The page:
Driving in a winter wonderland

If we need to stop car insurance premiums rising, we might all need a bit of extra training

A snowy street

A snowy street in Kent

As I walked to the station this morning, I watched as drivers skidded down the icy roads, and observed more than a few nasty dents on cars that may have been involved in accidents. Seeing our roads in such a state got me thinking about the standards of driving in the UK.

It’s true that we have less accidents and deaths on our roads than many other countries, but it’s also true that we have a fairly moderate climate. I think that if I took a poll among drivers, I might find that a fair proportion of them passed their driving test without ever having experienced really bad weather, icy conditions, night time driving, or having more than one passenger in the car.

This, coupled with a lack of experience, could be the cause of many accidents during this icy weather. To reduce the number of accidents, legislation could be passed to make sure that learner drivers have to prove they can drive in these conditions in order to pass their test.

Of course we cannot control the weather, so this may involve using a driving simulator to recreate the necessary conditions. The higher cost of involving a simulator could be offset by offering discounts on car insurance premiums, or by giving the new driver cashback for every year they go without an accident.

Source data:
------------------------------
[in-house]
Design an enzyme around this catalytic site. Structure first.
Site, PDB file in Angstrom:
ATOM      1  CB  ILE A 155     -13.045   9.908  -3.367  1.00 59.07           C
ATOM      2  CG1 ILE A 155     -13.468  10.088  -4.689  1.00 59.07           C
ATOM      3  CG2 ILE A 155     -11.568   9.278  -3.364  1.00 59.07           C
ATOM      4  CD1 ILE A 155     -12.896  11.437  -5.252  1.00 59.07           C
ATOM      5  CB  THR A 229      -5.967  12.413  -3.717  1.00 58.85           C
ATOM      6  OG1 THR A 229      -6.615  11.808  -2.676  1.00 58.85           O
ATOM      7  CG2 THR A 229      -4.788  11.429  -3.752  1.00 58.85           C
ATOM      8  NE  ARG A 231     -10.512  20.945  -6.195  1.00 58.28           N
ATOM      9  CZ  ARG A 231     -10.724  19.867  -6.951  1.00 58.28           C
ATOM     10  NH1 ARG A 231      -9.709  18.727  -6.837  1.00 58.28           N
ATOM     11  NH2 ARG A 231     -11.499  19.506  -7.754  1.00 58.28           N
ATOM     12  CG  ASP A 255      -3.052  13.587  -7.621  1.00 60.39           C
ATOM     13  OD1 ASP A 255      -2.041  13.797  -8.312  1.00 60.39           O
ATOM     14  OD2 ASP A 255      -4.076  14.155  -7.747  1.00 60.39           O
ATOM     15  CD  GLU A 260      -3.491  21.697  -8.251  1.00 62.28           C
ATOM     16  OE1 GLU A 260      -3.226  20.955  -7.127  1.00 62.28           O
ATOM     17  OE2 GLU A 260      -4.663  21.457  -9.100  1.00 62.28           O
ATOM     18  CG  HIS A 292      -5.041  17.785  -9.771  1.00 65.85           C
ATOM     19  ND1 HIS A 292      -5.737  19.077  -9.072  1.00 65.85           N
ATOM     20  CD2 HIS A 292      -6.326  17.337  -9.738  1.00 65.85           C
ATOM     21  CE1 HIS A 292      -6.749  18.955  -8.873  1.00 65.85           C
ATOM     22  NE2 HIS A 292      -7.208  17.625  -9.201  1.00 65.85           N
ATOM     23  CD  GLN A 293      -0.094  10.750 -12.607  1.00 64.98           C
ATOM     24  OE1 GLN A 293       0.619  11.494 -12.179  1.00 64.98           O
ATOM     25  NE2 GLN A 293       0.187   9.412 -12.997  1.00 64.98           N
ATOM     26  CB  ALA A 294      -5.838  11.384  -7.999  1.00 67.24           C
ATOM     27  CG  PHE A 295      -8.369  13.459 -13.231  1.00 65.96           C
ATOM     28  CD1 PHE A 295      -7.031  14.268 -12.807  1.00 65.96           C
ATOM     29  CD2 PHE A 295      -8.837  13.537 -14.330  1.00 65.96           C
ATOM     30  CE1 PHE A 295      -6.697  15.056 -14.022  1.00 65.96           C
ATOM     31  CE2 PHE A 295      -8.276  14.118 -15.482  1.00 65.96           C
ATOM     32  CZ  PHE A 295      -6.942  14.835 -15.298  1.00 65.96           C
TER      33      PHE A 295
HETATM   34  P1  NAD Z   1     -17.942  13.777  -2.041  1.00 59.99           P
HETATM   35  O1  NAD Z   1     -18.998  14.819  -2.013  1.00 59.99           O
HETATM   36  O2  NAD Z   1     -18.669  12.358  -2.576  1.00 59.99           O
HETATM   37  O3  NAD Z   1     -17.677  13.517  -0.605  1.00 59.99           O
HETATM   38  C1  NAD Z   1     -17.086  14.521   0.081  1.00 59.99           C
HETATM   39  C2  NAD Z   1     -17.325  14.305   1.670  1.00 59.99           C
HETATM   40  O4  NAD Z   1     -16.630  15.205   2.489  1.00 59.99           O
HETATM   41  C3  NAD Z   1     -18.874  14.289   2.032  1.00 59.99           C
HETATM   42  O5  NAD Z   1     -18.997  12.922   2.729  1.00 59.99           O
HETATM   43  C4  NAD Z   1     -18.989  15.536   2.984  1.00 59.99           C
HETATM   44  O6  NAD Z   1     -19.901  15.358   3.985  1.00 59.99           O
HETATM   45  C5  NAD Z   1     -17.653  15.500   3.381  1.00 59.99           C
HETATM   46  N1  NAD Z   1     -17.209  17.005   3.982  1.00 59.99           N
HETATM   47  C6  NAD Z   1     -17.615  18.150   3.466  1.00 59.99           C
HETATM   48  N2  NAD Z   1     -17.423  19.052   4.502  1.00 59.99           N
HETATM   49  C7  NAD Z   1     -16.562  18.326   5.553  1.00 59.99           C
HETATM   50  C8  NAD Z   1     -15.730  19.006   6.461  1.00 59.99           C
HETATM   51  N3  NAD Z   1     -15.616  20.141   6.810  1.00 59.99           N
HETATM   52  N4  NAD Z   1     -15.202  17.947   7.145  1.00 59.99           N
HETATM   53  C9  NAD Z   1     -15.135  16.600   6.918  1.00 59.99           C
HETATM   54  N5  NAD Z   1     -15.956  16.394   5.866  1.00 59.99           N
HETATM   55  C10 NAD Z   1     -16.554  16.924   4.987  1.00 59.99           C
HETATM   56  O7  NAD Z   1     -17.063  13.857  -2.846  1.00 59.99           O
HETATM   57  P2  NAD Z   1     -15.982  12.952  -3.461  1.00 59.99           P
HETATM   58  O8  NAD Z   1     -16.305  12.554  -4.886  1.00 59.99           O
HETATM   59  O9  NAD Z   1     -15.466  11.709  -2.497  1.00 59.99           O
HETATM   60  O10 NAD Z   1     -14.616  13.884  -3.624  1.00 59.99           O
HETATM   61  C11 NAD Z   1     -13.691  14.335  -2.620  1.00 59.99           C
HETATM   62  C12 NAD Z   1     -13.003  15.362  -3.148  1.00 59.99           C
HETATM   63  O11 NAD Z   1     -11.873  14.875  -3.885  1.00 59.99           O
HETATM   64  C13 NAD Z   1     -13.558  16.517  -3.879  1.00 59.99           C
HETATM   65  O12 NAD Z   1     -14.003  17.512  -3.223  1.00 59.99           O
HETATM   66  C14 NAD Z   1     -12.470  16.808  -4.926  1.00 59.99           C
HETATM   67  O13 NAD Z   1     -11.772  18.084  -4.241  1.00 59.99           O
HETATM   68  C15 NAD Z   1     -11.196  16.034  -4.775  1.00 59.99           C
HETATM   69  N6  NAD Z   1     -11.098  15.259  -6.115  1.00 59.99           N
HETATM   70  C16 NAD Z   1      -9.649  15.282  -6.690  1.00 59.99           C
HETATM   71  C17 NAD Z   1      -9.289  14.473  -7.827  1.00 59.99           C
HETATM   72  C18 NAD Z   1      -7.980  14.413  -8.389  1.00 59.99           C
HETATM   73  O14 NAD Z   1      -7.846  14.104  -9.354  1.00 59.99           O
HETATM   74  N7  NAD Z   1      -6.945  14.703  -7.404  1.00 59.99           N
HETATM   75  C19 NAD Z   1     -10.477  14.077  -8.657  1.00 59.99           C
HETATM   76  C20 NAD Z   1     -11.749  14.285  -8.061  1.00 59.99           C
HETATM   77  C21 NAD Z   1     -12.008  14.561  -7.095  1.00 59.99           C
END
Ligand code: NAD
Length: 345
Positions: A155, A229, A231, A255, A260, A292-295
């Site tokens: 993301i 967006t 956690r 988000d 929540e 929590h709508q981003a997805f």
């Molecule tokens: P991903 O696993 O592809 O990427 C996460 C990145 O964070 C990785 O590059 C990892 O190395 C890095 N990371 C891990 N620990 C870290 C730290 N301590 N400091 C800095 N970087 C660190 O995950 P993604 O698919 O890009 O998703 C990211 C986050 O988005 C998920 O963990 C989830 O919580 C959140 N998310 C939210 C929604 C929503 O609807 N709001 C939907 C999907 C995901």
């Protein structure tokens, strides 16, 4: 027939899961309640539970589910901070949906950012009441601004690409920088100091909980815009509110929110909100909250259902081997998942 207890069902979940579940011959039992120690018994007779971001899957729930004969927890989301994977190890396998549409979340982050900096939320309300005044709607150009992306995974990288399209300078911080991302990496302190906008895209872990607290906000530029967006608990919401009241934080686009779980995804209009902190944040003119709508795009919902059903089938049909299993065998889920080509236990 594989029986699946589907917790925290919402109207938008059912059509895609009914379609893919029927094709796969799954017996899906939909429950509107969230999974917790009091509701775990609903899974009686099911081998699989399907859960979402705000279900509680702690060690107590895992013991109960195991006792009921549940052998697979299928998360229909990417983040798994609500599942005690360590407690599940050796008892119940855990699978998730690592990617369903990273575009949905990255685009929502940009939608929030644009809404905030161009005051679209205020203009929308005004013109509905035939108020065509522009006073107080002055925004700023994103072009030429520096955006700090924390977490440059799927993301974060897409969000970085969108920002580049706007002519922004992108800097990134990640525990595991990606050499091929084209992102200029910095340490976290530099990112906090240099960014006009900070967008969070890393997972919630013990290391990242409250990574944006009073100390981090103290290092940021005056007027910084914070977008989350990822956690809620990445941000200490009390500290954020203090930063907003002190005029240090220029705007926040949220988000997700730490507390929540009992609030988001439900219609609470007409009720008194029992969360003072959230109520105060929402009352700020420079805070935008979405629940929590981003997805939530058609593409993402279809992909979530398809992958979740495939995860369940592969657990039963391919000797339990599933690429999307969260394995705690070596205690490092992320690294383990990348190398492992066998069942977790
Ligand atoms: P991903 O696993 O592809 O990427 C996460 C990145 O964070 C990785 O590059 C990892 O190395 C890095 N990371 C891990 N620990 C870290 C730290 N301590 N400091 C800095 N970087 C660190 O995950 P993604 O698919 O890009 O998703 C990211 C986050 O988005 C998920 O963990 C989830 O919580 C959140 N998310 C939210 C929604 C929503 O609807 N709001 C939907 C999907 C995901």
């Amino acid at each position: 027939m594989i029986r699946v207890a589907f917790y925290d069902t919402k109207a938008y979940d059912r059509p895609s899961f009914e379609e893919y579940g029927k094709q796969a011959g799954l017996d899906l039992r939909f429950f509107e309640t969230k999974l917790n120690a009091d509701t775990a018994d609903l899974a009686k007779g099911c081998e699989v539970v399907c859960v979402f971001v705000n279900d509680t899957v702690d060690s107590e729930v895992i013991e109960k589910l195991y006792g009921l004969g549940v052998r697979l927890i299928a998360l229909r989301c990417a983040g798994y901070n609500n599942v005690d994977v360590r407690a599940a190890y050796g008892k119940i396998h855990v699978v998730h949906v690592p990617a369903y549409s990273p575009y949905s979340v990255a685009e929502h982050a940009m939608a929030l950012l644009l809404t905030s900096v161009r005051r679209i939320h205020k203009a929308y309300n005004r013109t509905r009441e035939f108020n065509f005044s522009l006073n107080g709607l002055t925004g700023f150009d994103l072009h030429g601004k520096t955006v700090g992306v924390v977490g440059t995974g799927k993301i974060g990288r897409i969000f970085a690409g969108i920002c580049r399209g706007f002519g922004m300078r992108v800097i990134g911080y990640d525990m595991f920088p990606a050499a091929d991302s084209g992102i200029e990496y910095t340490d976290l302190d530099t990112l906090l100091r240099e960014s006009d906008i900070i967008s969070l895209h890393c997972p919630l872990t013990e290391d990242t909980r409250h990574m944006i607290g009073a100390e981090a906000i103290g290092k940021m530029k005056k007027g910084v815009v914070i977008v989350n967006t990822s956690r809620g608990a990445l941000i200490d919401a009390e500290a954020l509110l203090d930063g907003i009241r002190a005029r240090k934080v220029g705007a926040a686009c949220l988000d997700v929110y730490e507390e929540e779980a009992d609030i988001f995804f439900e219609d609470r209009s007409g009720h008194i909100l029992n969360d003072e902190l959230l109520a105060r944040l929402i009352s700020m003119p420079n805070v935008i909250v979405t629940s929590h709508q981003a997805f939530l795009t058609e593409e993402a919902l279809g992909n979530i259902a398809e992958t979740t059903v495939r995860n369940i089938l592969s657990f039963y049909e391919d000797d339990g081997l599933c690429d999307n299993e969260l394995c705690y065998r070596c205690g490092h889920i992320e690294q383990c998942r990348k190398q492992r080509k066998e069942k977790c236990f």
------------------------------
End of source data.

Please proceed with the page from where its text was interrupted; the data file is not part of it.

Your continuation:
Do you think these measures could help reduce accidents on Britain’s roads?

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2 comments

  1. Roy Walker on January 17, 2010 at 6:10 pm

    How right you are. It never ceases to amaze me how (mainly) younger drivers drive too quickly up to red traffic lights and then pile on the brakes. If they were taught to ease off the accelerator when approaching a red light or other braking situations, they would save themselves fuel, brake linings and in icy conditions possible prangs

  2. Mark Monteiro on January 18, 2010 at 3:31 pm

    Thanks for your comment. I think it would be a good idea for all drivers to take refresher courses that clearly explain the benefits of good driving habits, both for the driver’s safety and for the sake of the environment. The Government is currently running a multi-million pound campaign to encourage people to drive 5 miles less a week to bring down CO2 emissions which is great news, but it could also be a good idea for them to run a similar campaign promoting more efficient driving.

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